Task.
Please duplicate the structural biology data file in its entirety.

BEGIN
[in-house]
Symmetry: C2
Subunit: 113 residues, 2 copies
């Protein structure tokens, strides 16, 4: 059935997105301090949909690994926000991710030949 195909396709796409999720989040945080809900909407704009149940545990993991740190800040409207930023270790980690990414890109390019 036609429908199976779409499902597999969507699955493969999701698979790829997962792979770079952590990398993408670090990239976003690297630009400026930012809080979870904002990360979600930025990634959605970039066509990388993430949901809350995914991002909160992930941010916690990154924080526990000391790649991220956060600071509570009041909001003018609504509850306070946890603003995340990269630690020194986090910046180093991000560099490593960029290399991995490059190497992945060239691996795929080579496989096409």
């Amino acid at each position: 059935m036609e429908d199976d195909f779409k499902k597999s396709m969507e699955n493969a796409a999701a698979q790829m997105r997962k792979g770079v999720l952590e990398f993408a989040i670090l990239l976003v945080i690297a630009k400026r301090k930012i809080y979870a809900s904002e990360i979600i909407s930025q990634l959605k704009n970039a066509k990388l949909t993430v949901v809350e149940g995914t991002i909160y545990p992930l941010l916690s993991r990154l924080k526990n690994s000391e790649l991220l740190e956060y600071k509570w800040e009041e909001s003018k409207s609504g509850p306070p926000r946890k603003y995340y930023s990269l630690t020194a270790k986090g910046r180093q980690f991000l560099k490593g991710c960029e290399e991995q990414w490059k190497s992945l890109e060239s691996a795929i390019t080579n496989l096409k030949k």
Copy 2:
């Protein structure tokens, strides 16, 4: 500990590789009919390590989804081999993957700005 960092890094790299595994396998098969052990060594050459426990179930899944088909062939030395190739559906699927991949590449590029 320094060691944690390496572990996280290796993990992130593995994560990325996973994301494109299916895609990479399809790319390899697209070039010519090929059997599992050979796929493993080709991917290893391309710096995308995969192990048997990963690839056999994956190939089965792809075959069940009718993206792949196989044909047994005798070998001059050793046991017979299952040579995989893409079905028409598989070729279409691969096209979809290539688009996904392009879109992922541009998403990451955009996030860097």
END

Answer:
[in-house]
Symmetry: C2
Subunit: 113 residues, 2 copies
């Protein structure tokens, strides 16, 4: 059935997105301090949909690994926000991710030949 195909396709796409999720989040945080809900909407704009149940545990993991740190800040409207930023270790980690990414890109390019 036609429908199976779409499902597999969507699955493969999701698979790829997962792979770079952590990398993408670090990239976003690297630009400026930012809080979870904002990360979600930025990634959605970039066509990388993430949901809350995914991002909160992930941010916690990154924080526990000391790649991220956060600071509570009041909001003018609504509850306070946890603003995340990269630690020194986090910046180093991000560099490593960029290399991995490059190497992945060239691996795929080579496989096409």
């Amino acid at each position: 059935m036609e429908d199976d195909f779409k499902k597999s396709m969507e699955n493969a796409a999701a698979q790829m997105r997962k792979g770079v999720l952590e990398f993408a989040i670090l990239l976003v945080i690297a630009k400026r301090k930012i809080y979870a809900s904002e990360i979600i909407s930025q990634l959605k704009n970039a066509k990388l949909t993430v949901v809350e149940g995914t991002i909160y545990p992930l941010l916690s993991r990154l924080k526990n690994s000391e790649l991220l740190e956060y600071k509570w800040e009041e909001s003018k409207s609504g509850p306070p926000r946890k603003y995340y930023s990269l630690t020194a270790k986090g910046r180093q980690f991000l560099k490593g991710c960029e290399e991995q990414w490059k190497s992945l890109e060239s691996a795929i390019t080579n496989l096409k030949k």
Copy 2:
């Protein structure tokens, strides 16, 4: 500990590789009919390590989804081999993957700005 960092890094790299595994396998098969052990060594050459426990179930899944088909062939030395190739559906699927991949590449590029 320094060691944690390496572990996280290796993990992130593995994560990325996973994301494109299916895609990479399809790319390899697209070039010519090929059997599992050979796929493993080709991917290893391309710096995308995969192990048997990963690839056999994956190939089965792809075959069940009718993206792949196989044909047994005798070998001059050793046991017979299952040579995989893409079905028409598989070729279409691969096209979809290539688009996904392009879109992922541009998403990451955009996030860097």